6. Regularly backup and snapshot data. "No strategy will work if you haven't set up automatic backups," states Scott Harris, the vice president of Services at Egenera, a provider of cloud management and disaster recovery software. "Whether it is to one of your corporate data centers, your DR site or the cloud, be sure that all critical data is backed up on a schedule that protects your business from downtime in the event of a disaster," he advises.
"Take real snapshot backups, not just RAID mirroring or database replication," adds Chris Camejo, director of assessment services at NTT Com Security. "If someone or something issues a command to overwrite or delete data, intentionally or otherwise, your RAID controller or database replication will dutifully delete it from the mirrors as well," he explains. "Removable media (tape) has the advantage that it can't get accidentally altered unless somebody physically mounts it."
7. Make sure critical applications are also accessible. "Protecting your data is not enough if you want to keep the business running during an event that causes downtime," notes Justin Moore, CEO of Axcient, a provider of data backup and restore, business continuity, disaster recovery and cloud continuity solutions. "Ensure critical applications can be virtualized in the cloud so that your employees keep productive."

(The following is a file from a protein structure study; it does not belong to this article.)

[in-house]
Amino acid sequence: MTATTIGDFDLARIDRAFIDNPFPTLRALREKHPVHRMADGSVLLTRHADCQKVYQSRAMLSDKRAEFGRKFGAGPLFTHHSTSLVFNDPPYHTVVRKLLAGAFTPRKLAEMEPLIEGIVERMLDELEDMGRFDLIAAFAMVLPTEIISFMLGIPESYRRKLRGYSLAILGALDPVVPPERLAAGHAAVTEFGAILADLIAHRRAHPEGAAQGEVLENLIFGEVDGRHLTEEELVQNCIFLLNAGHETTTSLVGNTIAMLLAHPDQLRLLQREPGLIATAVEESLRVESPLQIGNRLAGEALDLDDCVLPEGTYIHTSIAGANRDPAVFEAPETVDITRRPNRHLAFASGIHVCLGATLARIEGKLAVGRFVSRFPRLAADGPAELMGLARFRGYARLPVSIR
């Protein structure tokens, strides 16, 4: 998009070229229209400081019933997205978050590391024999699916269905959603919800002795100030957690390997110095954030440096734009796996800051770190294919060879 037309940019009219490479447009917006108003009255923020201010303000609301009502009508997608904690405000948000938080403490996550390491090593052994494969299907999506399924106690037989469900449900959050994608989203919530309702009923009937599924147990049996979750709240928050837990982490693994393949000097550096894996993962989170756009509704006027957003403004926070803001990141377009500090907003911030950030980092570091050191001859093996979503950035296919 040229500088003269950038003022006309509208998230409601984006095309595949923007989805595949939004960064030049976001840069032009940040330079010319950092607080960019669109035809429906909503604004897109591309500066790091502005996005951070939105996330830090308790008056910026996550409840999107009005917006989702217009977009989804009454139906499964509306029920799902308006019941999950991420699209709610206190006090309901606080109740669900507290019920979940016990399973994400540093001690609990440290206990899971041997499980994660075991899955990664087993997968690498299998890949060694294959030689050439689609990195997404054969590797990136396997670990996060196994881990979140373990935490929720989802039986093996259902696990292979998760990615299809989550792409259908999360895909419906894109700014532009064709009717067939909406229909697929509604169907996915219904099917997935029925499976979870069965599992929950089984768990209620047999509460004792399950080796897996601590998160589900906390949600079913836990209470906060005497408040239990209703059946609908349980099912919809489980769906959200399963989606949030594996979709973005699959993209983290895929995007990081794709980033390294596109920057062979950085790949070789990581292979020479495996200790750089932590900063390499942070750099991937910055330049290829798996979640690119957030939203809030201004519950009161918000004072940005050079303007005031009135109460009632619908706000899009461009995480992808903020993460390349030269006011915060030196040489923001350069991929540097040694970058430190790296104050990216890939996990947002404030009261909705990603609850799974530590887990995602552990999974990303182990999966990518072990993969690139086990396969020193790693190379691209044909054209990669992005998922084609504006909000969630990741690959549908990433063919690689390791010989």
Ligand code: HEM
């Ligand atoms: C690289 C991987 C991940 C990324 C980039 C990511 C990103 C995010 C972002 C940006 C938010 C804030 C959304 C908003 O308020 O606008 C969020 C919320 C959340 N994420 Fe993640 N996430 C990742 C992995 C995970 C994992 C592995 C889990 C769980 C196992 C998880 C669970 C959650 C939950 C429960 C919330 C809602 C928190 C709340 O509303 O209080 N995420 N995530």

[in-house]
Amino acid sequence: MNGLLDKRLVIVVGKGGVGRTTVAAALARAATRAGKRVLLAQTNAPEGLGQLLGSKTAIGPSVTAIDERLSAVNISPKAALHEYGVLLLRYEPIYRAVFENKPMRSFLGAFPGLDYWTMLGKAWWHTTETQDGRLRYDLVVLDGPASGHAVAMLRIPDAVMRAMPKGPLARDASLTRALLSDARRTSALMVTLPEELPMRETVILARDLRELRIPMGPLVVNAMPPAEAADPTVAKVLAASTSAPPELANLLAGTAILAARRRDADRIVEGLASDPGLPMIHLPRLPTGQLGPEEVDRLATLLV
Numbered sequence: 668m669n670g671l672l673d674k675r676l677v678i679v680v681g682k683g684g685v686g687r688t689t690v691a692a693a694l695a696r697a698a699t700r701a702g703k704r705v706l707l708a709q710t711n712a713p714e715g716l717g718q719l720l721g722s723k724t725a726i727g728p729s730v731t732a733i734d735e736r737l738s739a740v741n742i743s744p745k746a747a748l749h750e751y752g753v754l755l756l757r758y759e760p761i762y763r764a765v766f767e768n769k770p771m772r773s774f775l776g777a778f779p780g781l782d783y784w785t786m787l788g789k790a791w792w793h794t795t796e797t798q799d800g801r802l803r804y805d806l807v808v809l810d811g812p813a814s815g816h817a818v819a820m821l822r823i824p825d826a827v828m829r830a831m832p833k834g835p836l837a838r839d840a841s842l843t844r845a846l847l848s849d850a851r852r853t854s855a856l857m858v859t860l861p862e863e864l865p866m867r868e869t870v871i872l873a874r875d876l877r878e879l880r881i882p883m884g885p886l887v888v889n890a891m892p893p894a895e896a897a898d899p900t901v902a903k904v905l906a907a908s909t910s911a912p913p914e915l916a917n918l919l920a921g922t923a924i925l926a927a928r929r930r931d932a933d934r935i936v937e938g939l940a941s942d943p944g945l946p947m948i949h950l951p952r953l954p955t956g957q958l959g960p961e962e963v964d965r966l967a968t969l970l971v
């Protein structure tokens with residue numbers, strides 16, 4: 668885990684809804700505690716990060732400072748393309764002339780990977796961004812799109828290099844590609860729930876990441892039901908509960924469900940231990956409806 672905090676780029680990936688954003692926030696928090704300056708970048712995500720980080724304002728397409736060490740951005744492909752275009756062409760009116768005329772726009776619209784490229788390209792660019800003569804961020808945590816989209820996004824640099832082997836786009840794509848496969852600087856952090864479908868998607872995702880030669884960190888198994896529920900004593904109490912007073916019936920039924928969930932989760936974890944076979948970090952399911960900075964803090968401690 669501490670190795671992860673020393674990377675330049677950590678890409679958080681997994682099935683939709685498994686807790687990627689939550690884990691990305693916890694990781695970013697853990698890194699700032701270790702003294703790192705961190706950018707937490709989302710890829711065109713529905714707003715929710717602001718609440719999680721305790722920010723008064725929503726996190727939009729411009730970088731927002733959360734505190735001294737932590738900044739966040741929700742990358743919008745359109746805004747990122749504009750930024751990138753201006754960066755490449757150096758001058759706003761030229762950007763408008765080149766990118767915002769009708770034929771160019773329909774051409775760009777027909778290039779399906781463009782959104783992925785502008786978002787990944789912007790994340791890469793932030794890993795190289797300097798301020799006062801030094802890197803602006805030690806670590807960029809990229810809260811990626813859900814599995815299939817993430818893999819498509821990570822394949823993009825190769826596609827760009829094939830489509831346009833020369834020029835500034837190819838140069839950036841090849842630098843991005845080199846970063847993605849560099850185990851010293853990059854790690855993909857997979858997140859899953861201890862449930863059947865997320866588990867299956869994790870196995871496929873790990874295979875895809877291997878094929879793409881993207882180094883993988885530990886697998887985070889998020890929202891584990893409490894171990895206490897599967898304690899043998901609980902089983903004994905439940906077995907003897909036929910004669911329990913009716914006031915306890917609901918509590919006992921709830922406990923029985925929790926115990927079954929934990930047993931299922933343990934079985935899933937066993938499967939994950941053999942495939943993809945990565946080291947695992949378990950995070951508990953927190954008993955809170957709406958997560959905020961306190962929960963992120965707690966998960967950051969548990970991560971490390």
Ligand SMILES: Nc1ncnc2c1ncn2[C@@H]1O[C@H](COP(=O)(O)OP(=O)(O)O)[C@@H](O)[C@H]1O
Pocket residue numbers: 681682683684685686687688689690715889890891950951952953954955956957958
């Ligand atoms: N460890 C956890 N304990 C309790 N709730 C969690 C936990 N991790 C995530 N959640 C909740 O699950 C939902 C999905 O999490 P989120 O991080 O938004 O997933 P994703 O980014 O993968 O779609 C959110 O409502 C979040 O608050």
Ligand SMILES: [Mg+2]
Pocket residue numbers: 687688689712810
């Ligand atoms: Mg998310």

8. Don't neglect laptops. "Most disaster recovery plans are focused on protecting the data center," says Peter Eicher, senior manager for Product Marketing at CommVault, a provider of enterprise backup and recovery, data management, deduplication, data protection, archiving and e-discovery software.
"While that is certainly critical, according to Gartner, almost two-thirds of corporate data lives outside the data center. Laptops, [for example,] are far less resilient than data center servers and disk arrays, and laptops are also subject to loss and theft," Eicher says. So it is important to include laptops and similar devices in your DR plan.
9. Follow the 3-2-1 rule. "If an enterprise wants truly disaster-proof data, it needs to follow the 3-2-1 rule: three copies of the data, stored on two different kinds of media, with one of them stored offsite," says Doug Hazelman, vice president of Product Strategy for data protection provider Veeam.
"By following the 3-2-1 rule, IT eliminates any single point of failure," Hazelman says. "For example, if the organization relies on SAN snapshots (which are great for backing up frequently), IT will need to find a way to create backups from those snapshots to get multiple copies and move at least one copy off site."
10. Keep backups off site, in a safe location."How far off site depends on the risks you are worried about," says Camejo. "If your data center is in San Jose and a major earthquake knocks out all your infrastructure, then it doesn't do any good if your backups are in an 'off site' facility in Santa Clara, the next town over. Consider the threats and plan appropriately."
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